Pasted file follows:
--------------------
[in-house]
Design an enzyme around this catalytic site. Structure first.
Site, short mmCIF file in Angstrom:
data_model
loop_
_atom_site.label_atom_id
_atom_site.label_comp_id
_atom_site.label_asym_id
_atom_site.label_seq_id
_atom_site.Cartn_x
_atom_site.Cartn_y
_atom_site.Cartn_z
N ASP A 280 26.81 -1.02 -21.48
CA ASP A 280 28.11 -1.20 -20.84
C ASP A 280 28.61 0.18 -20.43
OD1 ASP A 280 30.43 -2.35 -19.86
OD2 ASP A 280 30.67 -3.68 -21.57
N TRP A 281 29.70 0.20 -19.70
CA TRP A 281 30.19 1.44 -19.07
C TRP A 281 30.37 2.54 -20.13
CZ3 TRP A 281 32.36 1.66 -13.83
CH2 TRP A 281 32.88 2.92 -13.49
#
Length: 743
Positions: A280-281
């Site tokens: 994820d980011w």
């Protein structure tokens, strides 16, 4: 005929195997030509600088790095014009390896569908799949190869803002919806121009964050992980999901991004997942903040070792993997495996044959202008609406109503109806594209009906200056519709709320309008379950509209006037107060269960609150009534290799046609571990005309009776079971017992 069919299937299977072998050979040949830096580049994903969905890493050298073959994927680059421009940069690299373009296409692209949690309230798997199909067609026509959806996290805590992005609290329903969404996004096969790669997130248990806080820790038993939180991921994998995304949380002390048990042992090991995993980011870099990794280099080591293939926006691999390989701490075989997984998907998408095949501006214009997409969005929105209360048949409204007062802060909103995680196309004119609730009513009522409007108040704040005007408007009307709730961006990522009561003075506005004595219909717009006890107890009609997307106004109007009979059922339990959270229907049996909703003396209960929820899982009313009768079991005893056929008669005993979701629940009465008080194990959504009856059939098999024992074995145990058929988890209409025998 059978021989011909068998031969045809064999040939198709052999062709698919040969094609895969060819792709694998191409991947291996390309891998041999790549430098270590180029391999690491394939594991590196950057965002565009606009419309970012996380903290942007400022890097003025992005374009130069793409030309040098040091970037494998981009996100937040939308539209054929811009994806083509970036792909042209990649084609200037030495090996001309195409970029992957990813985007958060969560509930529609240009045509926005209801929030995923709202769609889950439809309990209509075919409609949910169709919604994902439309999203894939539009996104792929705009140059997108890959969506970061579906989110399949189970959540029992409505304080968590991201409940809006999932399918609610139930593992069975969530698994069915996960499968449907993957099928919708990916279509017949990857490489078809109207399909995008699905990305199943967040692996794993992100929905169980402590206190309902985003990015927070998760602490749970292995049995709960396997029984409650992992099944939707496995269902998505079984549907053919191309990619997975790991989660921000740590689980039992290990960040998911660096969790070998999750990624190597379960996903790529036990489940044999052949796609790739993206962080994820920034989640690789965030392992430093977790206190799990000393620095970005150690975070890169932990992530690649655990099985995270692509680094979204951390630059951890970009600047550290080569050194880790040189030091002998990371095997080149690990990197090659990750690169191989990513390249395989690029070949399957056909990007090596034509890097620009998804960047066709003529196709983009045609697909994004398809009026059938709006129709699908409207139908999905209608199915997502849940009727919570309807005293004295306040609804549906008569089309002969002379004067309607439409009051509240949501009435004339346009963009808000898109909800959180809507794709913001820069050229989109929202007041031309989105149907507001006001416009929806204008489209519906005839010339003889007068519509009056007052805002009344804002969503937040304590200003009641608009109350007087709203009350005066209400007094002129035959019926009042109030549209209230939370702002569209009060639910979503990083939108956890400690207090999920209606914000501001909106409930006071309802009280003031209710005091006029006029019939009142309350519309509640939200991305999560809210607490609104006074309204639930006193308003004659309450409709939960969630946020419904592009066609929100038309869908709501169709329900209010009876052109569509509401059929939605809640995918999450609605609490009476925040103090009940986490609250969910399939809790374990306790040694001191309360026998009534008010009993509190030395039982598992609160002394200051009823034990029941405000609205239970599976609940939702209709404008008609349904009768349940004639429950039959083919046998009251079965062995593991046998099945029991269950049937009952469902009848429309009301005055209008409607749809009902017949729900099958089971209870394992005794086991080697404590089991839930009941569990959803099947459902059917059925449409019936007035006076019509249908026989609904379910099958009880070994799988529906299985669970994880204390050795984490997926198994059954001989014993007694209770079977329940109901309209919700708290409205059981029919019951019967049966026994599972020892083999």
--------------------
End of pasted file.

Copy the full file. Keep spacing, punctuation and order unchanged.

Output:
[in-house]
Design an enzyme around this catalytic site. Structure first.
Site, short mmCIF file in Angstrom:
data_model
loop_
_atom_site.label_atom_id
_atom_site.label_comp_id
_atom_site.label_asym_id
_atom_site.label_seq_id
_atom_site.Cartn_x
_atom_site.Cartn_y
_atom_site.Cartn_z
N ASP A 280 26.81 -1.02 -21.48
CA ASP A 280 28.11 -1.20 -20.84
C ASP A 280 28.61 0.18 -20.43
OD1 ASP A 280 30.43 -2.35 -19.86
OD2 ASP A 280 30.67 -3.68 -21.57
N TRP A 281 29.70 0.20 -19.70
CA TRP A 281 30.19 1.44 -19.07
C TRP A 281 30.37 2.54 -20.13
CZ3 TRP A 281 32.36 1.66 -13.83
CH2 TRP A 281 32.88 2.92 -13.49
#
Length: 743
Positions: A280-281
């Site tokens: 994820d980011w």
């Protein structure tokens, strides 16, 4: 005929195997030509600088790095014009390896569908799949190869803002919806121009964050992980999901991004997942903040070792993997495996044959202008609406109503109806594209009906200056519709709320309008379950509209006037107060269960609150009534290799046609571990005309009776079971017992 069919299937299977072998050979040949830096580049994903969905890493050298073959994927680059421009940069690299373009296409692209949690309230798997199909067609026509959806996290805590992005609290329903969404996004096969790669997130248990806080820790038993939180991921994998995304949380002390048990042992090991995993980011870099990794280099080591293939926006691999390989701490075989997984998907998408095949501006214009997409969005929105209360048949409204007062802060909103995680196309004119609730009513009522409007108040704040005007408007009307709730961006990522009561003075506005004595219909717009006890107890009609997307106004109007009979059922339990959270229907049996909703003396209960929820899982009313009768079991005893056929008669005993979701629940009465008080194990959504009856059939098999024992074995145990058929988890209409025998 059978021989011909068998031969045809064999040939198709052999062709698919040969094609895969060819792709694998191409991947291996390309891998041999790549430098270590180029391999690491394939594991590196950057965002565009606009419309970012996380903290942007400022890097003025992005374009130069793409030309040098040091970037494998981009996100937040939308539209054929811009994806083509970036792909042209990649084609200037030495090996001309195409970029992957990813985007958060969560509930529609240009045509926005209801929030995923709202769609889950439809309990209509075919409609949910169709919604994902439309999203894939539009996104792929705009140059997108890959969506970061579906989110399949189970959540029992409505304080968590991201409940809006999932399918609610139930593992069975969530698994069915996960499968449907993957099928919708990916279509017949990857490489078809109207399909995008699905990305199943967040692996794993992100929905169980402590206190309902985003990015927070998760602490749970292995049995709960396997029984409650992992099944939707496995269902998505079984549907053919191309990619997975790991989660921000740590689980039992290990960040998911660096969790070998999750990624190597379960996903790529036990489940044999052949796609790739993206962080994820920034989640690789965030392992430093977790206190799990000393620095970005150690975070890169932990992530690649655990099985995270692509680094979204951390630059951890970009600047550290080569050194880790040189030091002998990371095997080149690990990197090659990750690169191989990513390249395989690029070949399957056909990007090596034509890097620009998804960047066709003529196709983009045609697909994004398809009026059938709006129709699908409207139908999905209608199915997502849940009727919570309807005293004295306040609804549906008569089309002969002379004067309607439409009051509240949501009435004339346009963009808000898109909800959180809507794709913001820069050229989109929202007041031309989105149907507001006001416009929806204008489209519906005839010339003889007068519509009056007052805002009344804002969503937040304590200003009641608009109350007087709203009350005066209400007094002129035959019926009042109030549209209230939370702002569209009060639910979503990083939108956890400690207090999920209606914000501001909106409930006071309802009280003031209710005091006029006029019939009142309350519309509640939200991305999560809210607490609104006074309204639930006193308003004659309450409709939960969630946020419904592009066609929100038309869908709501169709329900209010009876052109569509509401059929939605809640995918999450609605609490009476925040103090009940986490609250969910399939809790374990306790040694001191309360026998009534008010009993509190030395039982598992609160002394200051009823034990029941405000609205239970599976609940939702209709404008008609349904009768349940004639429950039959083919046998009251079965062995593991046998099945029991269950049937009952469902009848429309009301005055209008409607749809009902017949729900099958089971209870394992005794086991080697404590089991839930009941569990959803099947459902059917059925449409019936007035006076019509249908026989609904379910099958009880070994799988529906299985669970994880204390050795984490997926198994059954001989014993007694209770079977329940109901309209919700708290409205059981029919019951019967049966026994599972020892083999």